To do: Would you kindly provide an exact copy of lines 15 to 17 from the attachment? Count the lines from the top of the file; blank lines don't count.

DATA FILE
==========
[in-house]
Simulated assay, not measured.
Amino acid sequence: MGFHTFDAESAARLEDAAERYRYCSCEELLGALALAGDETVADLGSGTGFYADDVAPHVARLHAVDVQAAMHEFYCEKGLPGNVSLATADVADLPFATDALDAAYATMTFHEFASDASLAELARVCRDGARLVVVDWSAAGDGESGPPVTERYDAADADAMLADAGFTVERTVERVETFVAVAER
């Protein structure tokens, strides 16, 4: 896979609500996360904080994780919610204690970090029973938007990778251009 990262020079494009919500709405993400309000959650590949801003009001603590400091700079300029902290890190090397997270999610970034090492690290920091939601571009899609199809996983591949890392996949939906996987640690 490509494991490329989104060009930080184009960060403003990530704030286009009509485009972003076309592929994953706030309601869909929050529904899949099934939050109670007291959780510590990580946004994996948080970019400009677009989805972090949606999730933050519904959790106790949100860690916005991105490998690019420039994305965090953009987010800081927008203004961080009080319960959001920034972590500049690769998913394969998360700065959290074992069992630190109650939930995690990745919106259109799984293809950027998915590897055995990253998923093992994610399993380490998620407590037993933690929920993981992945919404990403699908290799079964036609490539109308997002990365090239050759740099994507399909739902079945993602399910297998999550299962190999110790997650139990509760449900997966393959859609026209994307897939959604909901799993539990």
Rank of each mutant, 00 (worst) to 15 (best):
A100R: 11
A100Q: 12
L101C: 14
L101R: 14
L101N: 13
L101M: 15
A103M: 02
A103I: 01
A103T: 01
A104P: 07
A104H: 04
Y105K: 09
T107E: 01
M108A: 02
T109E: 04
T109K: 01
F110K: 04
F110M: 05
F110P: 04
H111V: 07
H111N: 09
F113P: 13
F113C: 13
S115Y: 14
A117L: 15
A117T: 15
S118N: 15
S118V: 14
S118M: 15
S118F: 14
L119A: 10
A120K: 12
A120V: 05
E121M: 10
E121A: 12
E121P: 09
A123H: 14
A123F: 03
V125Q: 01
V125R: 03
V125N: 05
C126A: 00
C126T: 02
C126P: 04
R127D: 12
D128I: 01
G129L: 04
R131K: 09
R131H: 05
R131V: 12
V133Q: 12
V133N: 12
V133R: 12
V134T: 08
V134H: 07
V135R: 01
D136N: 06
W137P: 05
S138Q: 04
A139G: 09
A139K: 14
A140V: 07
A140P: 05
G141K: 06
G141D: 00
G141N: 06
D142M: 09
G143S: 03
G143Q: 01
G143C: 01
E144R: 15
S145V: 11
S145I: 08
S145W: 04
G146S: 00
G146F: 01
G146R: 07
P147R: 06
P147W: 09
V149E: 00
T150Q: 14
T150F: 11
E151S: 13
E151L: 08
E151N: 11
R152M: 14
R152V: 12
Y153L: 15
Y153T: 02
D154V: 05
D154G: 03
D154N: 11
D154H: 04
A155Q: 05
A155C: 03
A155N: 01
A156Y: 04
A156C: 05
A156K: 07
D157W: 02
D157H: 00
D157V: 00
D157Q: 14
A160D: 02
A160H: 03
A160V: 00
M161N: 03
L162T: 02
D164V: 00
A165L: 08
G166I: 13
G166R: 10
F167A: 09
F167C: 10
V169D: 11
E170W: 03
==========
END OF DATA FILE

A104P: 07
A104H: 04
Y105K: 09